Nelson also goes behind the scenes on the campaigns by BDS to take over major academic disciplines and associations, often using underhanded methods. He notes how BDS has exposed the shaky foundations of the liberal arts and how a now second generation of anti-Israel academics have turned entire disciplines into the opposite of what academia should be. He highlights how difficult it would be for any Zionist to survive in this academic environment which has been so thoroughly politicized. Most of all, he shows that the embrace by academia of “scholars” who literally make up lies to support their arguments endangers entire academic disciplines that end up looking foolish or worse by allowing these lies to go unchallenged.
After showing that Israel is a bastion of academic freedom and that Arabs are not discriminated against in Israel, one of the most important chapters deals with the little reported lack of Palestinian academic freedom. This chapter involved significant original research and Nelson spent time talking with Palestinian professors and students, describing in harrowing terms how intimidated students are by the political forces on campuses in the West Bank and Gaza. One professor who dared bring students on a trip to visit Auschwitz was not only fired but he was nearly assassinated by terrorists who booby trapped his car to explode when it warmed up from being driven – the car exploded prematurely on an unusually hot day.
The hypocrisy of the BDSers who claim to care about Palestinian academic freedom while there is so little of it in the territories is clear, and has never been described as well before.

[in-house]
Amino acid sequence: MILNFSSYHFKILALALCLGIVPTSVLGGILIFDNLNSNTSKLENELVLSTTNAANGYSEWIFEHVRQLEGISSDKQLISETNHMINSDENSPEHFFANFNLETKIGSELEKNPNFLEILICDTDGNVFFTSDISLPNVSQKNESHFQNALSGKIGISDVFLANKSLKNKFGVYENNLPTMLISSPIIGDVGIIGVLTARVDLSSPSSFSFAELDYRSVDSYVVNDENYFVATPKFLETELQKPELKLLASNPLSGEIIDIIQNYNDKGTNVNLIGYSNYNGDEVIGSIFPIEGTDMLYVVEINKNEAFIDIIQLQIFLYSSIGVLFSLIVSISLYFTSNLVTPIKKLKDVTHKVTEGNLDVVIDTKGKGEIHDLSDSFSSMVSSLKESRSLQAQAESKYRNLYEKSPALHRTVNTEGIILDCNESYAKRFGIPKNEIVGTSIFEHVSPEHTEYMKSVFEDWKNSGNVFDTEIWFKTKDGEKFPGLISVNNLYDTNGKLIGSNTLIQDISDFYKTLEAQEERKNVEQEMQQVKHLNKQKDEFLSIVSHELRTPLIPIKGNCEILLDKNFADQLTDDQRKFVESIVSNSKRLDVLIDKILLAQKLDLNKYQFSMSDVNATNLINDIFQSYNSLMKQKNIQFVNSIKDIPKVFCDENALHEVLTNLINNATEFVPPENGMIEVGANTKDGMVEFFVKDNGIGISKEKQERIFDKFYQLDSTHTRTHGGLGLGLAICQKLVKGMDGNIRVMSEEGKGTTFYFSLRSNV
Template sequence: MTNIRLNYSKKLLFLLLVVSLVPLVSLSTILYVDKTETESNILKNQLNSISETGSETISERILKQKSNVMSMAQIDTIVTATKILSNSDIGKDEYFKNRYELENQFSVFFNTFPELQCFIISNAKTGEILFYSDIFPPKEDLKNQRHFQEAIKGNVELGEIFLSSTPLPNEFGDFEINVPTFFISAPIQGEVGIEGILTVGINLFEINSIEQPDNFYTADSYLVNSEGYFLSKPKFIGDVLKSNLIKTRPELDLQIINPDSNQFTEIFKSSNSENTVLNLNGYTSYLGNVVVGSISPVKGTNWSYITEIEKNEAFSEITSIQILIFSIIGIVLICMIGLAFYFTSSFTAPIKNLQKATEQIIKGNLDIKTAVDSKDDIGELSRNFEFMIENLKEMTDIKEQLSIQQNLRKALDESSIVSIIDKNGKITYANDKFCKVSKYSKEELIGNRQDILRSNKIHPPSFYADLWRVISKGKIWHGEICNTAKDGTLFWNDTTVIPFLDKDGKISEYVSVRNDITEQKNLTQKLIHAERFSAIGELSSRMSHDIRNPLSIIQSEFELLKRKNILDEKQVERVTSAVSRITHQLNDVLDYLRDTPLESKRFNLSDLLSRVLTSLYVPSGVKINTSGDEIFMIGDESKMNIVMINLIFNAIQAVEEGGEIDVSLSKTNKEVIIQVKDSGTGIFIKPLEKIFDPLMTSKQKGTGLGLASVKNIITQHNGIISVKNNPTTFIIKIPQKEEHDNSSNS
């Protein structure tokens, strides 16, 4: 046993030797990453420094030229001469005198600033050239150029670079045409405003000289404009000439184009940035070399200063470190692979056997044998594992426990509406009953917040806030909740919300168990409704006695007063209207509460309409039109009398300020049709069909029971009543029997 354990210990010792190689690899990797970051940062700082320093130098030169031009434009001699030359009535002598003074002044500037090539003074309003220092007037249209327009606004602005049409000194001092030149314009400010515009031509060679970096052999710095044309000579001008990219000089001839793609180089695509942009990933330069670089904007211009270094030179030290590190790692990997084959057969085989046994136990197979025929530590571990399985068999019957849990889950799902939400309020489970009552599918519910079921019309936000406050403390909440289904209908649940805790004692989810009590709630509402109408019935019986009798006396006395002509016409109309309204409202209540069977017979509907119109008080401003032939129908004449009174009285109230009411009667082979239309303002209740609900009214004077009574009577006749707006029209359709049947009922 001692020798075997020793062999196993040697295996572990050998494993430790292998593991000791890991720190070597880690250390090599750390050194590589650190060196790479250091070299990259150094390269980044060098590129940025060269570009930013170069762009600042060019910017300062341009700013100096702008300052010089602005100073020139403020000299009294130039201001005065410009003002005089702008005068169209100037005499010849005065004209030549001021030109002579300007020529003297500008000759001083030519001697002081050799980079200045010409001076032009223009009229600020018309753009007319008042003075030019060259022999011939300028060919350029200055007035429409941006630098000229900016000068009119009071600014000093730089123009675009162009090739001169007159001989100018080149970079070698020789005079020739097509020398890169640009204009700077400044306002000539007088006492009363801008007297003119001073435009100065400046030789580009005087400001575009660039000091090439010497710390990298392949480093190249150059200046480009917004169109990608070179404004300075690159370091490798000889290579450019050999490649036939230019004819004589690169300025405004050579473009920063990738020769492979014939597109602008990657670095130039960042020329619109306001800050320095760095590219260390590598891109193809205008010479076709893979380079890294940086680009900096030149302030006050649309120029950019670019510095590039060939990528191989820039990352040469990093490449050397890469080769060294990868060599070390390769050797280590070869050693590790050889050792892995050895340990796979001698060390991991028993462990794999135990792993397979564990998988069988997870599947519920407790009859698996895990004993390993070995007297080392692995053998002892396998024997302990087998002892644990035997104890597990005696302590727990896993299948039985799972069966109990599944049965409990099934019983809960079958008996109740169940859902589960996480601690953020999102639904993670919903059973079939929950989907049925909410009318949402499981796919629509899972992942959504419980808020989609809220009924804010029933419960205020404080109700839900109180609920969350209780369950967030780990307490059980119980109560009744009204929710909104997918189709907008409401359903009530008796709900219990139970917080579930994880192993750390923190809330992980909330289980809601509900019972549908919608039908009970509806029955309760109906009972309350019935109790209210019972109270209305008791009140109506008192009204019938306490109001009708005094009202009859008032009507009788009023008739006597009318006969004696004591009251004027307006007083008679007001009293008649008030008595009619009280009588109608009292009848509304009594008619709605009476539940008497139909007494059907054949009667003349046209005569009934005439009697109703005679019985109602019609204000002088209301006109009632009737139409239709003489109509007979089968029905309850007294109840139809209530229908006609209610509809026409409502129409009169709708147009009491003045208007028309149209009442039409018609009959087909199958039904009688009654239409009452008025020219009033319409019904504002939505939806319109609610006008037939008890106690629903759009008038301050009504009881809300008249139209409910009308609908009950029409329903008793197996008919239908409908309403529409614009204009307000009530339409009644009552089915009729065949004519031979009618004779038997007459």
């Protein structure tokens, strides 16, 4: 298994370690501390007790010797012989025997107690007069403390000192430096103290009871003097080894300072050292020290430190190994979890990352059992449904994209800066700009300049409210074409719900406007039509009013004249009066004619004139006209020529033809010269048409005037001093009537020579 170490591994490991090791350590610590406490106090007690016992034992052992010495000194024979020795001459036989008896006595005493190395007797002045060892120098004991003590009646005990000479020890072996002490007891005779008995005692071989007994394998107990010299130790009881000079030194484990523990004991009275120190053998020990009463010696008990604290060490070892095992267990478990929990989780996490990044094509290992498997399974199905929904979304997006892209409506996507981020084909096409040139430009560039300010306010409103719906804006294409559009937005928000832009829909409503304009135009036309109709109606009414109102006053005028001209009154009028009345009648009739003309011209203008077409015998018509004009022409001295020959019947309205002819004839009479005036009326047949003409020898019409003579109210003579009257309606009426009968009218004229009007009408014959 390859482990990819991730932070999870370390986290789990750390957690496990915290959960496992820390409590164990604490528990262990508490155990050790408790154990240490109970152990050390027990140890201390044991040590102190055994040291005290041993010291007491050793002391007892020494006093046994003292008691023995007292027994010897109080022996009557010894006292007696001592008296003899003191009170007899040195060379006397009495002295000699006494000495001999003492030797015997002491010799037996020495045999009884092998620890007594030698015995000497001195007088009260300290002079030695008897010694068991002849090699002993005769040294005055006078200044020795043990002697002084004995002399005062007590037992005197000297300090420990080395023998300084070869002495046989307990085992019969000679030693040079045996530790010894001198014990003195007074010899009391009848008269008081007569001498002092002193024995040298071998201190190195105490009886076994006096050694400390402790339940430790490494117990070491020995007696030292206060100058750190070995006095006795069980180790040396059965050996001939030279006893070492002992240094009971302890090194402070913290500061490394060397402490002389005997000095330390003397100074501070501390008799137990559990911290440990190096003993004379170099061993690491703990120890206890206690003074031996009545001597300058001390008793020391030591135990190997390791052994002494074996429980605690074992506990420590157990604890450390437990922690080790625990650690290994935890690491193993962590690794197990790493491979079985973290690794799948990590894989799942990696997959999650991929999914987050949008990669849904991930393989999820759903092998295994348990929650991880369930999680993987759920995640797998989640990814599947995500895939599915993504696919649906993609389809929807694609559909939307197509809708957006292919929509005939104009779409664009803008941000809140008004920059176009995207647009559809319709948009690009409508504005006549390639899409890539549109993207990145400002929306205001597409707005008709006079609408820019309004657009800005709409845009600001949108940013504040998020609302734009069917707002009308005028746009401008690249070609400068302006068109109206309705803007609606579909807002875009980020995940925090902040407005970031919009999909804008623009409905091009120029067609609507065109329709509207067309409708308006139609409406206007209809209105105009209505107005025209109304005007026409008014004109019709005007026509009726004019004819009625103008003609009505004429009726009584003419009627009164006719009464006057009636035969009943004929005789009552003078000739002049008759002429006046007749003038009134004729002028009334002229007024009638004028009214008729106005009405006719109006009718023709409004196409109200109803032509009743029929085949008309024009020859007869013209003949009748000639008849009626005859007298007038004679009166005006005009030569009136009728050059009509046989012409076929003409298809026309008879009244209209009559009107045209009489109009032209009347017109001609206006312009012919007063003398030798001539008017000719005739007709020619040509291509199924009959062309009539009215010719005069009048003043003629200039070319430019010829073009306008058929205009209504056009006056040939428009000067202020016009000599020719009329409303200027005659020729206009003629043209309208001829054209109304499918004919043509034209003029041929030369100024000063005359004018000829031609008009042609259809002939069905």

Nelson, quixotically, describes a number of things that Israel and the Palestinians could do unilaterally to create an atmosphere where he believes a two state solution can be successful. Nelson did enormous amounts of research into the issue, speaking with lots of Israelis and Palestinians who want peace and who have practical ideas (many of which have merit.) I believe that his wishful thinking, combined with his conviction that a two state solution is the only possible solution, has given him some rare blind spots about exactly how rejectionist and antisemitic the Palestinian people and leaders have become, and how most of them look at a two state solution as only a stage towards their own version of a one state solution. He addresses many of the concerns as far as he can but I don’t think he quite gets that there is no solution possible with today’s Palestinians, and the only thing to do is to manage the conflict, and not pretend to end it. His ideas for peace are useful in the context of the rest of the book, however, because he can credibly show that the BDS groups who pretend to want peace have no interest in any type of two state solution, and there are no comparable peace plans on that side.